I don't think many people caught this from Toolfreak who lives in the Netherlands. He points out that gasoline in the Netherlands is $1.50 per liter. That is about $6.00 PER GALLON!!Originally posted by toolfreak
There`s no car for me, the gas prices are extreme high(1.50 $/ltr.), and insurance costs a lot.
My bike takes me about everywhere and if I really needed a car, I can lend one.
There`s really a difference between need a car and "need" car,
if you live and work in a big city, itfs not really necessary, because all the things you need (stores, markets, etc) are around the corner.
He accurately points out that this kind of cost to drive redefines the idea of "NEED" to drive vs. "WANT" to drive.
I travel around the world on a regular basis and have seen what the automobile culture has done to the American lifestyle. Because gasoline is so cheap, Americans spend an exorbitant amount of time in their cars and spend less time actually living. This is certainly the case for most mothers and children who spend most of their afternoons being driven around from one activity to the next. Many of them eat meals in the car as they drive around town.
The Automobile started out making things more accessible to people in the 1940's and 1950's. Now, however, automobile culture has developed a society which requires long drives just to access the simple things in life like groceries and piano lessons.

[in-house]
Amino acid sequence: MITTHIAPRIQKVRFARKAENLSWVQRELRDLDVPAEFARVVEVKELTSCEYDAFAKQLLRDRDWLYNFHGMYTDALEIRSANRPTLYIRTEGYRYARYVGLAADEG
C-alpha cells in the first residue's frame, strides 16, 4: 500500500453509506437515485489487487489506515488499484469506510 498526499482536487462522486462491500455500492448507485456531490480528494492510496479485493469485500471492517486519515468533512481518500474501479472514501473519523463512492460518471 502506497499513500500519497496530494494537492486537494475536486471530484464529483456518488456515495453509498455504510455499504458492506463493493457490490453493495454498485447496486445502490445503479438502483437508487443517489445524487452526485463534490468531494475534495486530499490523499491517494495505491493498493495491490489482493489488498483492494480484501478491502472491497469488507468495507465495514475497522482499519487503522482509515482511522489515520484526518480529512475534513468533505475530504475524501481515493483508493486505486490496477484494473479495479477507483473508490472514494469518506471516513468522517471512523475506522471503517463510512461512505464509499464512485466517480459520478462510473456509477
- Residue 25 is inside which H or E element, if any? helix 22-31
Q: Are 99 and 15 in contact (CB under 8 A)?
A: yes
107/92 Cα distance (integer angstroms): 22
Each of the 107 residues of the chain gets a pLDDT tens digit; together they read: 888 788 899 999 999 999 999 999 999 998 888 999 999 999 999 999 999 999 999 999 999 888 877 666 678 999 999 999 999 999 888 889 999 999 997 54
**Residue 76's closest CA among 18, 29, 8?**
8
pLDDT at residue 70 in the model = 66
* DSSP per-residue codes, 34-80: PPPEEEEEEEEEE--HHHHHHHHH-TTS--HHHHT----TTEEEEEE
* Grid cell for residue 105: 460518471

If there is one stark difference I notice between USA lifestyle and that of other countries is that Americans spend so much time "on-the-go" in automobiles. Other nationalities seem to enjoy a much more leisure pace "where they are". I believe that one major reason for the less frantic lifestyle is that the cost of an automobile dictated lifestyle prevents non-Americans from this insanity.
How much would the price of gasoline have to be before you changed your lifestyle to the extent that you drove 1/2 as much as you do now?
That would probably mean getting a new job or moving closer to work. It might mean the kids take piano from a teacher in the neighborhood instead of across town. You might even have to shop closer to home despite the discounts available at the superstore 15 miles away.